Wiltshire Community Foundation coronavirus grant helps group make PPE for frontline workers

By Jamie Hill - 29 April 2020

CommunityCharity
  • Volunteer printer Jonathan Cherrington

    Volunteer printer Jonathan Cherrington

More than 60 groups have now received funding from the Wiltshire Community Foundation to help them tackle the coronavirus crisis, including one that is making thousands of protective visors for frontline workers.

  • Annette Alchin with one of the visors made on a 3D printer

    Annette Alchin with one of the visors made on a 3D printer

The Wiltshire and Swindon Coronavirus Response Fund has raised £420,000 in a month, with more than £250,000 already distributed. Interim co-chief executive Fiona Oliver said: “This continues to be an amazing response and it is gratifying to see the money being used so effectively by all of these wonderful groups who are providing immediate relief to many of the vulnerable people in our local communities.

“The need in our communities is still rising and that will be the case for some time to come so we are really grateful for donations, the money will make a huge difference.”

Among the recipients is Shield Wiltshire, which has been given £4,000 to help a small army of volunteer 3D printer owners from all over the county make and deliver 6,400 plastic visors. It has already delivered 7,000 visors to Wiltshire and Thames Valley Police, care homes, pharmacies, voluntary groups, undertakers and Erlestoke Prison, which ordered 500 units.

Founder Annette Alchin set up the group after seeing visors selling for £7 and asked her brother to produce one on his 3D printer.  “I thought it was pants because people on the frontline were risking their health. I woke up in the middle of the night and thought ‘my brother could make them’.”

She posted a picture of the resulting mask on Facebook and got an immediate response. “I had a paramedic doctor saying he wanted to order some and then it escalated from there. I had the Devizes Covid group on and then the others started contacting me. I was absolutely taken aback by how many people were contacting us,” she said.

“Me and my brother were suddenly faced with hundreds and hundreds of orders and I thought ‘what can I do?’ I could either throw my hands in the air and say ‘I can’t do this’ or I could find people that could, and I chose the latter.”

Mrs Alchin, who is working ten hours a day on the project, used her contacts to recruit more 3D printer owners and now has a network of 38 printers and volunteers. Amog the volunteers is Jonathan Cherrington of Swindon, who is UK engineering manager at Praxair Surface Technologies in Drakes way, Swindon. He and two colleagues have given up their time to make visors. He said: “I am enjoying helping the Shield Wiltshire team with visor production and have other members of staff helping with this project.”

Mrs Alchin said of the volunteers: “There is such a community spirit out there, people want to help and there is such a demand for these things. It takes 45 minutes to print one visor, so if you consider the time and effort these wonderful people are putting into that it is quite phenomenal.”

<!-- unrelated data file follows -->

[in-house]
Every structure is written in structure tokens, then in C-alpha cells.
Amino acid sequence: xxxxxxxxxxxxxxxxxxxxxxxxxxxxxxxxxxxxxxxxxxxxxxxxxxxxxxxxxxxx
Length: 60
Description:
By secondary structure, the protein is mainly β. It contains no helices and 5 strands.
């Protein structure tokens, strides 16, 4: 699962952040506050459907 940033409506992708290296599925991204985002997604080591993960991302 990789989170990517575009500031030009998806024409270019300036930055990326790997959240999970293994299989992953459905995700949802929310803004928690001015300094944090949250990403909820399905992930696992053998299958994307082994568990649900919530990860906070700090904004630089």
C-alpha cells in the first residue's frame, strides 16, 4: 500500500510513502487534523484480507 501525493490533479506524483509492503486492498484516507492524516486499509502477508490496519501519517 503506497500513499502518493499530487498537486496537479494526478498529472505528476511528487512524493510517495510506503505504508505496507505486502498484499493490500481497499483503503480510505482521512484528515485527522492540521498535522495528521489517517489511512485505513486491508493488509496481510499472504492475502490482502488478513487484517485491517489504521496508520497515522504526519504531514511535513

Among the wide range of volunteers is 18-year-old Tim Durnford from Devizes, who delivers the finished visors on his skateboard, and 71-year old Tim LeMare from West Ashton in Trowbridge. He said: “Now I cannot go out, and looking for something to do, I learnt how to use my newly-acquired 3D printer. I was pointed to Annette and I began making five visors a day. Now I can do 60.”

One volunteer who is a Dyson scientist has helped refine the design so that it can be made more quickly. Teachers at Lavington School have also volunteered their help to use a laser cutter, which produces the visors far more quickly.

Orders for visors come via social media or through the group’s website. A complex logistics system then allocates work to the printer nearest to where the order has to go, and raw materials are dispatched to them. Either the printers make the delivery or more volunteers make the drop.

Mrs Alchin said: “I have used a lot of my recruitment skills, but I am still well out of my comfort zone. I am learning a lot about production.

“The biggest challenge has been finding the funds for raw materials. The units themselves cost 61p but with 6,400 units ordered I am now worrying about how I am going to supply these guys with the materials to keep making them so the Wiltshire Community Foundation grant will really help us.”

Donations for raw materials can be made at https://www.gofundme.com/f/materials-to-make-covid-visors-for-free and more details about the Shield Wiltshire can be found at shieldwiltshire.co.uk.

To donate to the Wiltshire and Swindon Coronavirus Response Fund, or find out how to apply for a grant, go to wiltshirecf.org.uk.

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